Mysterious Unknown Plants and Magical Powers and Properties


On this great, green planet of ours there are innumerable species of plants, many of which have remarkable abilities and uses in the world of medicine, healing, even magic. There are countless known plants with many purported or proven properties that we have already discovered, and there is without a doubt others yet to be uncovered out in the remote places of our world, with abilities we may not yet even be able to imagine. Some of these have been spoken of in accounts and tales from the past, speaking of incredible effects and powers, but for which we are left with no answers as to what sort of plants they were or whether they still exist or not. These are the accounts of strange plants which are said to have existed that had some very potent and beneficial uses indeed, but which seem to have vanished into the tides of time.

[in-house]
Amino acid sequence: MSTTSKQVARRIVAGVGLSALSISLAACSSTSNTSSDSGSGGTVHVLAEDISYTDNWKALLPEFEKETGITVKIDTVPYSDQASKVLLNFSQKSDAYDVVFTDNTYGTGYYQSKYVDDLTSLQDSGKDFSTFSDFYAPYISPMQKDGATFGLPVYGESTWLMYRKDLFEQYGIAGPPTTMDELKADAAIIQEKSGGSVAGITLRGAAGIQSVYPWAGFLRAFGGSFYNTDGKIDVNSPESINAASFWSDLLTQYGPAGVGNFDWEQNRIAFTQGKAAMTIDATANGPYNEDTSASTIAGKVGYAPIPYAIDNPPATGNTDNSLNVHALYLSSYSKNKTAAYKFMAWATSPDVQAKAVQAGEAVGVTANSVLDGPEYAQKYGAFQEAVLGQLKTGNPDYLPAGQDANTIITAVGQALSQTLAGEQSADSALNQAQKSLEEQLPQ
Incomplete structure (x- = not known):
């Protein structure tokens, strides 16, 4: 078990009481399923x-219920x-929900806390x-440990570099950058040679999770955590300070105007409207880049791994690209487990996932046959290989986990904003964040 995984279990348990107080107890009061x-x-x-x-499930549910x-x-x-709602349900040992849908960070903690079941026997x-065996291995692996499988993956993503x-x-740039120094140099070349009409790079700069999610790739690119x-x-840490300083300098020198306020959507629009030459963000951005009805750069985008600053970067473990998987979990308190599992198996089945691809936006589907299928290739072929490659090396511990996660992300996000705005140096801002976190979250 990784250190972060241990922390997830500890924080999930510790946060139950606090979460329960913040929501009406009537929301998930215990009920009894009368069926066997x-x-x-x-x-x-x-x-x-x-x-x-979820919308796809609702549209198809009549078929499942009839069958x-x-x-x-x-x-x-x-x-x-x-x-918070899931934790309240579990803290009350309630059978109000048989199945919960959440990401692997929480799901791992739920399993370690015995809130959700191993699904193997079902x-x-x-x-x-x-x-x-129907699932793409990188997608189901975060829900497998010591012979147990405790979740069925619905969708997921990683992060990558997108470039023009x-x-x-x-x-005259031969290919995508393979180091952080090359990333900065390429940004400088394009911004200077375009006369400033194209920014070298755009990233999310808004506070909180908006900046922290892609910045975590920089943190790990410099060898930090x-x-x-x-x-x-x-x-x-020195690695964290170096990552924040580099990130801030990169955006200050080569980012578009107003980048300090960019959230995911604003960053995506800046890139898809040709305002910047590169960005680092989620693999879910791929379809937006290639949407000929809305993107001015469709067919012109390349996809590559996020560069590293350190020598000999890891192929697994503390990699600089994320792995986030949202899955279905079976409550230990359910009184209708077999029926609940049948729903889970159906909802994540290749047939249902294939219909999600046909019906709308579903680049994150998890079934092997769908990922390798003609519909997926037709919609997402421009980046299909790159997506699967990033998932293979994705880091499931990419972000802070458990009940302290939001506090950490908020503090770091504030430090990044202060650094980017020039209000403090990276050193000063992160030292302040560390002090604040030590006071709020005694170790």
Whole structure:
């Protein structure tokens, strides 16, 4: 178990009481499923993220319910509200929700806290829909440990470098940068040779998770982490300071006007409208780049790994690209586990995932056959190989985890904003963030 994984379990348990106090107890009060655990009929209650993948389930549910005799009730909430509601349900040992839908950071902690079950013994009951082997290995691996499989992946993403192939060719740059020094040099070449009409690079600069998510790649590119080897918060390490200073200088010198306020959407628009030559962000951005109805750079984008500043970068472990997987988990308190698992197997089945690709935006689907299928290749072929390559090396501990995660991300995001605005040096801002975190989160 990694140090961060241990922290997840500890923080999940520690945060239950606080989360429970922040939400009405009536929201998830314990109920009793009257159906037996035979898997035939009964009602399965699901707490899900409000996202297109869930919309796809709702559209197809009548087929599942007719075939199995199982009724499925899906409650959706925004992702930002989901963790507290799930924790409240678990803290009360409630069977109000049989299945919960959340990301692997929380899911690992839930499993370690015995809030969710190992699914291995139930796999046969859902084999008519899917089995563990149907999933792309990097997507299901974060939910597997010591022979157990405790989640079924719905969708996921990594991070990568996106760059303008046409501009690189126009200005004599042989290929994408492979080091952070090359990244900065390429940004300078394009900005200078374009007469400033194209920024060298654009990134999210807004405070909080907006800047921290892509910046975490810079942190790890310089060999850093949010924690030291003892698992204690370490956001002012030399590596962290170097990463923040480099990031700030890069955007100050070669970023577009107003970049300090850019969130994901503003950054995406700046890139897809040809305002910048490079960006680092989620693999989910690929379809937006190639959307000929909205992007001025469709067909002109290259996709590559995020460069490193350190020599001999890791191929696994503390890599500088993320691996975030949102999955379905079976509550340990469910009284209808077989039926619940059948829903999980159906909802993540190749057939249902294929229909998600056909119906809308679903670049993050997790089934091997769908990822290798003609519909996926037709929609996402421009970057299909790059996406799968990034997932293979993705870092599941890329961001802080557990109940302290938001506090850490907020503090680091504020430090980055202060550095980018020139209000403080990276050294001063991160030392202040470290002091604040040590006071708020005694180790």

One common theme of plants with supposed mystical qualities is the promise of immortality, and this has been pursued throughout the centuries in cultures all over the world. In ancient China, the search for some elixir of immortality using plants and herbs as an ingredient was a major passion and goal of alchemists across the land, and many of them believed that they had actually found it. In texts dating back to as early as the 5th century there was mention of an elixir of life that utilized as a key ingredient one version of a mysterious mushroom known as the Lingzhi, which translates more or less to the rather unimaginative-sounding “Supernatural Mushroom.” It was said that if one particular type this mushroom were consumed in the proper ratio with other herbs it would impart immortality and completely halt the aging process, but it is unknown just what the recipe was or what exact species of mushroom it required.